Discovery of Novel Therapeutic Targets
A high-throughput screening-compatible Aβ degradation assay developed by Dr. Leissring's lab.
Hydrolysis of Aβ can be sensitively detected using a derivatized Aβ peptide (FAβB) containing an N-terminal fluorescein group and a C-terminal biotin moiety. The addition of avidin slows the rotation of the intact FAβB molecule, while cleaved fragments rotate rapidly and are unaffected by avidin. The degree of proteolysis can be accurately quantified by fluorescence polarization.
Source: Leissring MA, et al. Kinetics of amyloid beta-protein degradation determined by novel fluorescence- and fluorescence polarization-based assays. Journal of Biological Chemistry. 2003;278:37314.
Insights into the mechanistic basis of Alzheimer's disease and other neurodegenerative diseases have historically derived from molecular genetic analysis of familial forms of these disorders. Mayo Clinic in Florida is a world leader in this area.
One of the most far-reaching fruits of the genomic revolution is the development of genome-scale collections of full-length human cDNAs and siRNAs. These novel reagents — the enormous potential of which has only begun to be tapped — can be used in appropriately designed high-throughput screening campaigns to discover novel genes affecting disease processes.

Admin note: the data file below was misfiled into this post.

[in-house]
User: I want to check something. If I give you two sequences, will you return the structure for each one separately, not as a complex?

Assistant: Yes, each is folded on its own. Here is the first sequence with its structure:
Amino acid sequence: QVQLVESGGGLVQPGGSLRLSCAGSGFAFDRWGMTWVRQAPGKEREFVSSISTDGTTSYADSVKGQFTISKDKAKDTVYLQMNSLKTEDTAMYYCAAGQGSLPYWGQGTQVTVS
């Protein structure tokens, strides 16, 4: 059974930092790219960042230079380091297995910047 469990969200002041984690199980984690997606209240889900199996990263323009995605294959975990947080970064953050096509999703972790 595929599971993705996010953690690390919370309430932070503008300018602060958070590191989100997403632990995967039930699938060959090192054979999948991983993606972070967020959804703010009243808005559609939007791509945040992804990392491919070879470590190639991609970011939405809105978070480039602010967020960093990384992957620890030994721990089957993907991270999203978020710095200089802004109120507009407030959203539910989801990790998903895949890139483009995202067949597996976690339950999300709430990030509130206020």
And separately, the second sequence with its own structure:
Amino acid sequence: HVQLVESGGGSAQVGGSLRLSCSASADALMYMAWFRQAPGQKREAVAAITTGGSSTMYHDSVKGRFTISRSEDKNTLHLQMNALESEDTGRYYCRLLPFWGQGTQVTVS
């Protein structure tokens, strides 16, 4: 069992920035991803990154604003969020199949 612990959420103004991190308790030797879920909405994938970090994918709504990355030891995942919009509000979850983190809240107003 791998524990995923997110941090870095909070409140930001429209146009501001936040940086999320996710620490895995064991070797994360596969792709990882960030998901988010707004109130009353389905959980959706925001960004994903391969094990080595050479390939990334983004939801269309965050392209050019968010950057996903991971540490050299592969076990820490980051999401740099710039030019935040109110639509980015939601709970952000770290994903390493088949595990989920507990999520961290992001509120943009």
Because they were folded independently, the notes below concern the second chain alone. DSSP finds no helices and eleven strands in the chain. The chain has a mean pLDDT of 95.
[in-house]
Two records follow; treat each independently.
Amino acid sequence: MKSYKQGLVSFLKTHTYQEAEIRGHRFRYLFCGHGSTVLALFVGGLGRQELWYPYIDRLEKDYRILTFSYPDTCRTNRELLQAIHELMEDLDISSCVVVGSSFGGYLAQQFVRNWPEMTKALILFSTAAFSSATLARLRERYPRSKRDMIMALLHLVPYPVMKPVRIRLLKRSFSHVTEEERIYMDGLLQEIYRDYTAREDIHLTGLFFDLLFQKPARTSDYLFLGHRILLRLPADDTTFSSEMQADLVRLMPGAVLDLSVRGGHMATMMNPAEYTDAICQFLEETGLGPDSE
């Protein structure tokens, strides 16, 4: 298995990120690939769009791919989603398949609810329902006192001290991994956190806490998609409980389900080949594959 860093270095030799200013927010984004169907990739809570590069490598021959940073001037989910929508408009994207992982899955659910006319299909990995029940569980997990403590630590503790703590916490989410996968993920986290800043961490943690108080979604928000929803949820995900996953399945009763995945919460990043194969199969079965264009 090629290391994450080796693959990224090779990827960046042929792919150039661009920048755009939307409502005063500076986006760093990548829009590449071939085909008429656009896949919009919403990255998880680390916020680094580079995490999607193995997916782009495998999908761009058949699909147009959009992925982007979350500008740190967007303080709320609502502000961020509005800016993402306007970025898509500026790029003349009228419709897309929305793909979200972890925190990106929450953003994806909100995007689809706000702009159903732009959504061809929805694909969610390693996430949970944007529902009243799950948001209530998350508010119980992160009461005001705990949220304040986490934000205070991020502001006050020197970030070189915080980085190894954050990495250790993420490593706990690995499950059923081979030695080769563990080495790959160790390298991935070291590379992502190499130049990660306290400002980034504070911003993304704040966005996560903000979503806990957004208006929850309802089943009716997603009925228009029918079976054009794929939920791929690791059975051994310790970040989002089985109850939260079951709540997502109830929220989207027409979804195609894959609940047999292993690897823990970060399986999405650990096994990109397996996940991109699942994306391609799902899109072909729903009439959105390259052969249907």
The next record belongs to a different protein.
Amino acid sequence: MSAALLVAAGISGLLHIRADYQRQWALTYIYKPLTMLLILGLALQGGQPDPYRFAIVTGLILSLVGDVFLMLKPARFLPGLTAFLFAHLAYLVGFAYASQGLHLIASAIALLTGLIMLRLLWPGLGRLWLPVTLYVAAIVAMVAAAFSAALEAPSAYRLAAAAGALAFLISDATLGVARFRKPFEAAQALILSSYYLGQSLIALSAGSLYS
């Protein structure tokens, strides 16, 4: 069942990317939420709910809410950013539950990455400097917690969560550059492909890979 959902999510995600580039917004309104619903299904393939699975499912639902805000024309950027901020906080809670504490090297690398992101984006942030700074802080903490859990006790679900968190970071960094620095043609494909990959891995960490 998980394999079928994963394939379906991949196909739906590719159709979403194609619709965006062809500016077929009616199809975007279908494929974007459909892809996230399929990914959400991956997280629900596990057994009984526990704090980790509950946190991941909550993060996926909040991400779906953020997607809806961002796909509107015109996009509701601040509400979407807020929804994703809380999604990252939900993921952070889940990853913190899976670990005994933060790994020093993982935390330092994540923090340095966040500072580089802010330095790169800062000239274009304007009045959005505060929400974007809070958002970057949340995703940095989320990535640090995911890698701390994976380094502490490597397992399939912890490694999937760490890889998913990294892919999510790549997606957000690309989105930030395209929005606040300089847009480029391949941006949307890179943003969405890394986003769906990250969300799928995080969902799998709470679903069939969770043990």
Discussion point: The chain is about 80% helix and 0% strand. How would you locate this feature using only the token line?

The laboratory of Malcolm A. Leissring, Ph.D., has developed cell-based functional assays that can be used in tandem with genome-scale genetic perturbagens to discover novel genes influencing known pathogenic processes. For example, the lab developed a sensitive and versatile fluorescence polarization-based amyloid-beta (Aβ) degradation assay that is high-throughput screening-compatible and suitable for use in cells (see figure).
Dr. Leissring's lab is currently using this assay and other Aβ quantification assays to interrogate genome-scale collections of cDNAs and siRNAs in search of proteases and other proteins that influence the catabolism of Aβ. These assays hold enormous promise for discovering new genes that — once validated in animal models — could represent novel therapeutic targets for combating Alzheimer's disease.